Featured Research

from universities, journals, and other organizations

Increases in peripheral arterial disease revascularization correlates with screening growth

Date:
May 4, 2011
Source:
American Roentgen Ray Society
Summary:
Peripheral arterial disease (PAD) is an indicator for coronary and carotid arterial disease and carries inherent risks of claudication and amputation. PAD screening has increased dramatically, particularly among cardiologists, while vascular surgery has demonstrated the greatest growth in revascularization procedures treating PAD, according to new research.

Peripheral arterial disease (PAD) is an indicator for coronary and carotid arterial disease and carries inherent risks of claudication and amputation. PAD screening has increased dramatically, particularly among cardiologists, while vascular surgery has demonstrated the greatest growth in revascularization procedures treating PAD, according to research being presented at the 2011 American Roentgen Ray Society's annual meeting.

The study was performed at Rhode Island Hospital in Providence, RI. CPT codes were extracted for lower extremity vascular noninvasive physiologic studies and for peripheral arterial stent placement and transluminal angioplasty. Six years of data were examined from the Centers for Medicare and Medicaid Services Physician/Supplier Procedure Summary Master files over an eight year span from 2000 -- 2007.

Regarding non-invasive physiologic testing, cardiology has demonstrated nearly twice the compounded annual growth rate of vascular surgery and radiology. However, in endovascular therapy for PAD, vascular surgery has shown the greatest increase, with compounded growth rates more than twice that of cardiology. In contrast, radiology has experienced a net decline in endovascular PAD therapy.

"There has been a marked increase in volume of non-invasive physiologic testing, particularly within cardiology, a self-referring specialty, and this has been associated with tremendous growth in endovascular therapy for peripheral arterial disease," said Tyler Harris, MD, lead author of the study.

"Prior work has shown the majority of peripheral arterial stenting and angioplasty is performed for patients with intermittent claudication, particularly when performed by cardiologists," said Harris.

"However, non-invasive therapies such as supervised exercise programs have shown equivalent outcomes versus stenting and angioplasty in this population across multiple trials. Additionally, this growth has occurred in the absence of any major advance in the understanding of morbidity and mortality of peripheral arterial disease," he said.


Story Source:

The above story is based on materials provided by American Roentgen Ray Society. Note: Materials may be edited for content and length.


Cite This Page:

American Roentgen Ray Society. "Increases in peripheral arterial disease revascularization correlates with screening growth." ScienceDaily. ScienceDaily, 4 May 2011. <www.sciencedaily.com/releases/2011/05/110504015818.htm>.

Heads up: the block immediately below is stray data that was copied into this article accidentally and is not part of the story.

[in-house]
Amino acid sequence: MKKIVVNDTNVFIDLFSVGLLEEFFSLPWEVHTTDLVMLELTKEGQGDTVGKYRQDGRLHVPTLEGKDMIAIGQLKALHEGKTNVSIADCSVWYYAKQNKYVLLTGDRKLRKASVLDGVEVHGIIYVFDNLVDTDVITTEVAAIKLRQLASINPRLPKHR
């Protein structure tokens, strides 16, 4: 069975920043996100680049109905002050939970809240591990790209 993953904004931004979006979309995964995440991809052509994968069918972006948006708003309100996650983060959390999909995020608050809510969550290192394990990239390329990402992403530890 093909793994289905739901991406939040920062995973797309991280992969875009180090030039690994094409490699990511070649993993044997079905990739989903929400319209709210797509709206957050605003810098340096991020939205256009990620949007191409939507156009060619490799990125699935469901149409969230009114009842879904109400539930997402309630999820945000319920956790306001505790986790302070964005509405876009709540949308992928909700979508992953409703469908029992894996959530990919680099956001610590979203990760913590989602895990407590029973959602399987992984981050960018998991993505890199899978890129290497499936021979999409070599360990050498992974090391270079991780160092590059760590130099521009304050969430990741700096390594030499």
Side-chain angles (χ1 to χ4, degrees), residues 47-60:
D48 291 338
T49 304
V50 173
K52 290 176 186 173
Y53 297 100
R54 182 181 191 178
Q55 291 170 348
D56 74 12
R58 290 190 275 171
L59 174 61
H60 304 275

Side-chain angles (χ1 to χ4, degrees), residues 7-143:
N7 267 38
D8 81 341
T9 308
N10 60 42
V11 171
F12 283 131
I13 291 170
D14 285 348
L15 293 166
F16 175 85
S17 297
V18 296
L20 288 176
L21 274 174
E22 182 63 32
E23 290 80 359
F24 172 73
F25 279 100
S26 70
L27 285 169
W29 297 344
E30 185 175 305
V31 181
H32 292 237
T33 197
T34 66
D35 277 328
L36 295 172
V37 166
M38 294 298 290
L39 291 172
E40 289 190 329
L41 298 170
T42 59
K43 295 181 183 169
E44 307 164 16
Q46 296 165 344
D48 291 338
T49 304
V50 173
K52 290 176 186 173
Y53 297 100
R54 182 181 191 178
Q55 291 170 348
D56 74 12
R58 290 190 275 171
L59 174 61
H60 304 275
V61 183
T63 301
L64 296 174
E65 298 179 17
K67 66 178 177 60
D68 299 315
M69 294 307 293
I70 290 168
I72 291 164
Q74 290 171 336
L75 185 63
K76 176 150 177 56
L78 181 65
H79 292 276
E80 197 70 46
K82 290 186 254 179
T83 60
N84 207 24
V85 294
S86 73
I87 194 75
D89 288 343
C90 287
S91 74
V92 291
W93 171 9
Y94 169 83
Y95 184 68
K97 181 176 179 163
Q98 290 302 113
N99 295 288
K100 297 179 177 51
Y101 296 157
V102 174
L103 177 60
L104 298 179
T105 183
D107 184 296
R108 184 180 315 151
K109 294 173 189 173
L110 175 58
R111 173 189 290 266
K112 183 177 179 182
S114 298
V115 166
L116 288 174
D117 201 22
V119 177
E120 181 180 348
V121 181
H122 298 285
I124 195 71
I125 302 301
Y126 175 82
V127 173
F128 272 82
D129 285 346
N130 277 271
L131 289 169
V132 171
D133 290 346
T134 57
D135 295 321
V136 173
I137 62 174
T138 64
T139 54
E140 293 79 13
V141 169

American Roentgen Ray Society. (2011, May 4). Increases in peripheral arterial disease revascularization correlates with screening growth. ScienceDaily. Retrieved April 17, 2014 from www.sciencedaily.com/releases/2011/05/110504015818.htm
American Roentgen Ray Society. "Increases in peripheral arterial disease revascularization correlates with screening growth." ScienceDaily. www.sciencedaily.com/releases/2011/05/110504015818.htm (accessed April 17, 2014).

Share This



More Health & Medicine News

Thursday, April 17, 2014

Featured Research

from universities, journals, and other organizations


Featured Videos

from AP, Reuters, AFP, and other news services

Is Apathy A Sign Of A Shrinking Brain?

Is Apathy A Sign Of A Shrinking Brain?

Newsy (Apr. 17, 2014) A recent study links apathetic feelings to a smaller brain. Researchers say the results indicate a need for apathy screening for at-risk seniors. Video provided by Newsy
Powered by NewsLook.com
Could Even Casual Marijuana Use Alter Your Brain?

Could Even Casual Marijuana Use Alter Your Brain?

Newsy (Apr. 16, 2014) A new study conducted by researchers at Northwestern and Harvard suggests even casual marijuana use can alter your brain. Video provided by Newsy
Powered by NewsLook.com
Thousands Of Vials Of SARS Virus Go Missing

Thousands Of Vials Of SARS Virus Go Missing

Newsy (Apr. 16, 2014) A research institute in Paris somehow misplaced more than 2,000 vials of the deadly SARS virus. Video provided by Newsy
Powered by NewsLook.com
Formerly Conjoined Twins Released From Dallas Hospital

Formerly Conjoined Twins Released From Dallas Hospital

Newsy (Apr. 16, 2014) Conjoined twins Emmett and Owen Ezell were separated by doctors in August. Now, nearly nine months later, they're being released from the hospital. Video provided by Newsy
Powered by NewsLook.com

Search ScienceDaily

Number of stories in archives: 140,361

Find with keyword(s):
Enter a keyword or phrase to search ScienceDaily for related topics and research stories.

Save/Print:
Share:

Breaking News:
from the past week

In Other News

... from NewsDaily.com

Science News

Health News

Environment News

Technology News



Save/Print:
Share:

Free Subscriptions


Get the latest science news with ScienceDaily's free email newsletters, updated daily and weekly. Or view hourly updated newsfeeds in your RSS reader:

Get Social & Mobile


Keep up to date with the latest news from ScienceDaily via social networks and mobile apps:

Have Feedback?


Tell us what you think of ScienceDaily -- we welcome both positive and negative comments. Have any problems using the site? Questions?
Mobile: iPhone Android Web
Follow: Facebook Twitter Google+
Subscribe: RSS Feeds Email Newsletters
Latest Headlines Health & Medicine Mind & Brain Space & Time Matter & Energy Computers & Math Plants & Animals Earth & Climate Fossils & Ruins